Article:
Skip to main content

Wafer Ash

Common Name: wafer ash
Botanical Name: Ptelea trifoliata
Native Range: Eastern and Central United States

A description of the use of wafer ash in American Medicial Plants by Charles F. Millspaugh, 1887: 

Rafinesque first introduced the plant in American medical literature in his work on Medical Botany, 1830, speaking of the leaves as vulnerary and vermifuge.  Schoepf gives the same in substance; and Merat and De Lens speak of the fruit as aromatic and bitter, and an affirmed substitute for hops. Howard speaks of the bark of the root as an excellent stimulant, expectorant tonic; especially useful in agues. Jones speaks of the plant as “a pure unirritating tonic” in cold infusion, especially adapted to convalescence after debilitating fevers. Following these, its use became general, especially in Eclectic practice, for a variety of troubles, especially asthma, phthisis, glandular degeneration in general, syphilis, scrofula, chronic diarrhoea, epilepsy, dyspepsia, intermittent fever, and chronic rheumatism. 

Part Used and Preparation-The fresh bark, gathered after the fruit is ripe, but before the leaves begin to fade, is treated as in the preceding drug. The tincture, separated by pressure and filtration, has a brownish orange color by transmitted light; a bitter odor; an extremely bitter taste; and an acid reaction.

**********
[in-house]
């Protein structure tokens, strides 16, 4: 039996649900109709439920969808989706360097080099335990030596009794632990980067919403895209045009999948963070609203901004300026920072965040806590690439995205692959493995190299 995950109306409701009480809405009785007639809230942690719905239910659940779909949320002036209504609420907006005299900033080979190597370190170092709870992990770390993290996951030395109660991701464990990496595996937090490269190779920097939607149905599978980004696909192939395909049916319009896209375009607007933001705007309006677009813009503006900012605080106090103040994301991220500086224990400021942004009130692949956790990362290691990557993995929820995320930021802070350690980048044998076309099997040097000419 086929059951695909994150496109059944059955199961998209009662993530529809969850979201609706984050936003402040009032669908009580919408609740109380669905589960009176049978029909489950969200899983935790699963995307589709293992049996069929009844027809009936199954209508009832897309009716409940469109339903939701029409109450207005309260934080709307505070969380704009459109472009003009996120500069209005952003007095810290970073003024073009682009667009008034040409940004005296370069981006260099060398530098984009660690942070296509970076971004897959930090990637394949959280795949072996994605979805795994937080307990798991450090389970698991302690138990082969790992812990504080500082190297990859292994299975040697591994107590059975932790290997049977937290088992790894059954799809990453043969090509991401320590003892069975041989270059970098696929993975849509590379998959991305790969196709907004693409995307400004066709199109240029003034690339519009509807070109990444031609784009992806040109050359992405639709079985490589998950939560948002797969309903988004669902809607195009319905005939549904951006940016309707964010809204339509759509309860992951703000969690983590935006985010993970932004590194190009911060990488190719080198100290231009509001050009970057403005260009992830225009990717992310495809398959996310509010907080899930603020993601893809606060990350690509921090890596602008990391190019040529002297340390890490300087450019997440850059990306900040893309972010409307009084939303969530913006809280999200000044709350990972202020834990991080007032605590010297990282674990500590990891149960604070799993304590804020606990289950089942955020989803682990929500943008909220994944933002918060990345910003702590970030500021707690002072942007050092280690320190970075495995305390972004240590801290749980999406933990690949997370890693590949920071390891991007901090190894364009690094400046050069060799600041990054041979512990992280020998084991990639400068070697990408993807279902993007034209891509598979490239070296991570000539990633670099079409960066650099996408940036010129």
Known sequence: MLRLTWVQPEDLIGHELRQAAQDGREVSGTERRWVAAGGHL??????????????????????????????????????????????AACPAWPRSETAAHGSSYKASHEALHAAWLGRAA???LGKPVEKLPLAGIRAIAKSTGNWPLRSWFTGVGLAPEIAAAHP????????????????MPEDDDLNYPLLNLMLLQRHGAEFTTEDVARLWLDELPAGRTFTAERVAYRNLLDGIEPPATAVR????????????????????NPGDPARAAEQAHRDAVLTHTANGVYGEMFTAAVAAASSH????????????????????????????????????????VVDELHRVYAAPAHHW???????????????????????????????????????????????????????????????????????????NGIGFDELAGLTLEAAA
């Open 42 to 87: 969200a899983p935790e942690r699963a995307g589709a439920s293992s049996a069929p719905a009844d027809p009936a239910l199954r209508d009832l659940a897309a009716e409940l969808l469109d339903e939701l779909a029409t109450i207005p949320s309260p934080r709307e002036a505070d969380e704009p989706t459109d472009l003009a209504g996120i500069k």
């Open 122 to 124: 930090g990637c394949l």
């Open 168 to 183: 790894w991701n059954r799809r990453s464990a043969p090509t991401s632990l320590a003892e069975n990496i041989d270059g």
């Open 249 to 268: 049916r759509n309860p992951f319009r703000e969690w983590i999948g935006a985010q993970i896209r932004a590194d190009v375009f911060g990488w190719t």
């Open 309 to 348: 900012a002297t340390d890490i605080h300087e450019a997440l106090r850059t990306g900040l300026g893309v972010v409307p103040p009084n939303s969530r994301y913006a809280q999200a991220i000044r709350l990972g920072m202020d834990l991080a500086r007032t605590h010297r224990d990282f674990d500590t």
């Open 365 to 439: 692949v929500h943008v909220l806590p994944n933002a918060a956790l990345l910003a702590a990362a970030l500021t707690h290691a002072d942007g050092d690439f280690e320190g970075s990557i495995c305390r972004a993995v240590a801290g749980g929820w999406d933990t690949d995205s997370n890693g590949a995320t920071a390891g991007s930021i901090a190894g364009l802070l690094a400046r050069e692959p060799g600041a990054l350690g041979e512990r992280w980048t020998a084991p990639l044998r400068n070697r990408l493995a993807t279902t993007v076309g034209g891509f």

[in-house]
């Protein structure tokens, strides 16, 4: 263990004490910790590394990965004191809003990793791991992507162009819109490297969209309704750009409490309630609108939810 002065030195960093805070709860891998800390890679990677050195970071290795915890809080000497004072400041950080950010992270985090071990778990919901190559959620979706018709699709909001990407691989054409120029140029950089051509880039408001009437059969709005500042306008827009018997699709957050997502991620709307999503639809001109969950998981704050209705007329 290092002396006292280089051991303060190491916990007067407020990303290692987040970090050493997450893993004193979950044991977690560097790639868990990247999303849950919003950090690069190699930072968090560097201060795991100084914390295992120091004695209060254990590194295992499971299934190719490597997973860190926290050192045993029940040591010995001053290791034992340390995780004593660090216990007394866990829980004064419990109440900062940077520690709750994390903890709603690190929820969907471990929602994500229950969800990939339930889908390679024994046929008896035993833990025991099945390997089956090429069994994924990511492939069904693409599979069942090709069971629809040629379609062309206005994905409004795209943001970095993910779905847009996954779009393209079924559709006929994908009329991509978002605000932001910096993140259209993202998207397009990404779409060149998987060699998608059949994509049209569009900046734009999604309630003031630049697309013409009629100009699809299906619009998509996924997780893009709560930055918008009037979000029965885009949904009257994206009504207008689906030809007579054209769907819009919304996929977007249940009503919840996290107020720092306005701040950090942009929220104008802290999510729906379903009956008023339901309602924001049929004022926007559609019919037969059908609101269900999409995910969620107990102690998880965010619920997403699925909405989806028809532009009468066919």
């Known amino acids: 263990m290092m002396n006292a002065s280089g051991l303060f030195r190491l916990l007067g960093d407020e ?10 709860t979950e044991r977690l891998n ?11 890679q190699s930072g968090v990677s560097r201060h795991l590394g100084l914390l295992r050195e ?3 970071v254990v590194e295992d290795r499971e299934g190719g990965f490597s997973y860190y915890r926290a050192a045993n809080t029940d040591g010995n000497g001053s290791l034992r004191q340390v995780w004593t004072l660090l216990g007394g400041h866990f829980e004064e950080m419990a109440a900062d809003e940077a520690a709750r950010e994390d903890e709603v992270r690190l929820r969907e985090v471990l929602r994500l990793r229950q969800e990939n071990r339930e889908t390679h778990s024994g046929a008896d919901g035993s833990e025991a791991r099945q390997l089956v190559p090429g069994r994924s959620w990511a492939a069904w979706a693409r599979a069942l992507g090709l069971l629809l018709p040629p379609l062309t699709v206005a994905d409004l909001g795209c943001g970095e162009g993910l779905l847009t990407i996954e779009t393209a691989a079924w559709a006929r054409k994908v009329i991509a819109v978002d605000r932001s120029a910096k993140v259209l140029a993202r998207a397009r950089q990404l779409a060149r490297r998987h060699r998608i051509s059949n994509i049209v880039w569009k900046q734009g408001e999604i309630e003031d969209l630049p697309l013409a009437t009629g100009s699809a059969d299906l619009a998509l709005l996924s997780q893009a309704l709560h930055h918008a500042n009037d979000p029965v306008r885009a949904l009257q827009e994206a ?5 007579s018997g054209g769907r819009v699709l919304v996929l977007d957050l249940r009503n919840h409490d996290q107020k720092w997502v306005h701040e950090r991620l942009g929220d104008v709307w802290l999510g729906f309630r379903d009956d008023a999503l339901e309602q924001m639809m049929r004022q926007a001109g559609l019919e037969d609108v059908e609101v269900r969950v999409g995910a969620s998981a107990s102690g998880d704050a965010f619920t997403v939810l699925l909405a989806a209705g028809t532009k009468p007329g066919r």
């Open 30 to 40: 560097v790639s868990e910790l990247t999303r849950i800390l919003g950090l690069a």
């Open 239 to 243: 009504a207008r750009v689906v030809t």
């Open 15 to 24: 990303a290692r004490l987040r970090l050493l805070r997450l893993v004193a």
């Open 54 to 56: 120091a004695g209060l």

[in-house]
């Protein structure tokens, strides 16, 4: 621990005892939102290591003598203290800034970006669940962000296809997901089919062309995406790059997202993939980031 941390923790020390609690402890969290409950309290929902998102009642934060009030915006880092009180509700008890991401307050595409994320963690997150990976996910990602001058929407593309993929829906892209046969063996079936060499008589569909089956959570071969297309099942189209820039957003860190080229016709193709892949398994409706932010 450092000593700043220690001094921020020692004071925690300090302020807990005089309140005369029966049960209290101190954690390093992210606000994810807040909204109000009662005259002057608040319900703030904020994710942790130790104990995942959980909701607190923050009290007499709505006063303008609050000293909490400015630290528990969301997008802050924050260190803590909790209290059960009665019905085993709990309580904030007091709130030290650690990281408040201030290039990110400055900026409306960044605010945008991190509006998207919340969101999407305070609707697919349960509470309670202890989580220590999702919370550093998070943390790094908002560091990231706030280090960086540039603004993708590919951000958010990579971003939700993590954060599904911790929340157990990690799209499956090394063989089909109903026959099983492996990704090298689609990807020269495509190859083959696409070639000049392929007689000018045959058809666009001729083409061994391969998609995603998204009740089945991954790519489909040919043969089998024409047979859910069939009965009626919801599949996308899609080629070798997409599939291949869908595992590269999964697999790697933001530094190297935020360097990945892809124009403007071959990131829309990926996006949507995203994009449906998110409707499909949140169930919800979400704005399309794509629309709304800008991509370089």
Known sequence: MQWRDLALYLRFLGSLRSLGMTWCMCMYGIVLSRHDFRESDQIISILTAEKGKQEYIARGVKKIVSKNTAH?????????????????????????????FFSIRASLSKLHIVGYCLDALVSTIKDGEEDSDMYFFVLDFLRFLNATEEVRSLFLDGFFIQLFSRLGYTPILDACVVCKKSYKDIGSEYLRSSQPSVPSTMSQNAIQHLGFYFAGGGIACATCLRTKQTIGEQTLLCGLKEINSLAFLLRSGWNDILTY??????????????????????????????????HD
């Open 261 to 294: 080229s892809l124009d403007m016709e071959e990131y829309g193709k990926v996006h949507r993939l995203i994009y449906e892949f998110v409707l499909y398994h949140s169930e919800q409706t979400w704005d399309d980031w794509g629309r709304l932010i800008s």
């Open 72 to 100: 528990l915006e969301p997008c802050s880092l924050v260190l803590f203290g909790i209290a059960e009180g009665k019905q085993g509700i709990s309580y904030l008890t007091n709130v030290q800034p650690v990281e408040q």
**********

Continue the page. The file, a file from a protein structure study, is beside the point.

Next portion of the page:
In Dr. E. M. Hale’s provings of this drug upon a number of observers, who took from 30 to 500 drops of the tincture, and from 1 grain to a scruple of “Ptelein.” the following disturbances occurred: Mental depression and confusion; frontal headache, vertigo; contraction of the pupil; aural pains with swelling of the lymphatics; tongue sore, yellow-coated; ptyalism; voracious appetite; nausea, with pressure in the stomach as of a stone; griping colic; great urging followed by copious diarrhoeic stools; urine increased; heart’s action increased; general restlessness and prostration, followed by chilliness and fever.

Last updated: 1/3/2020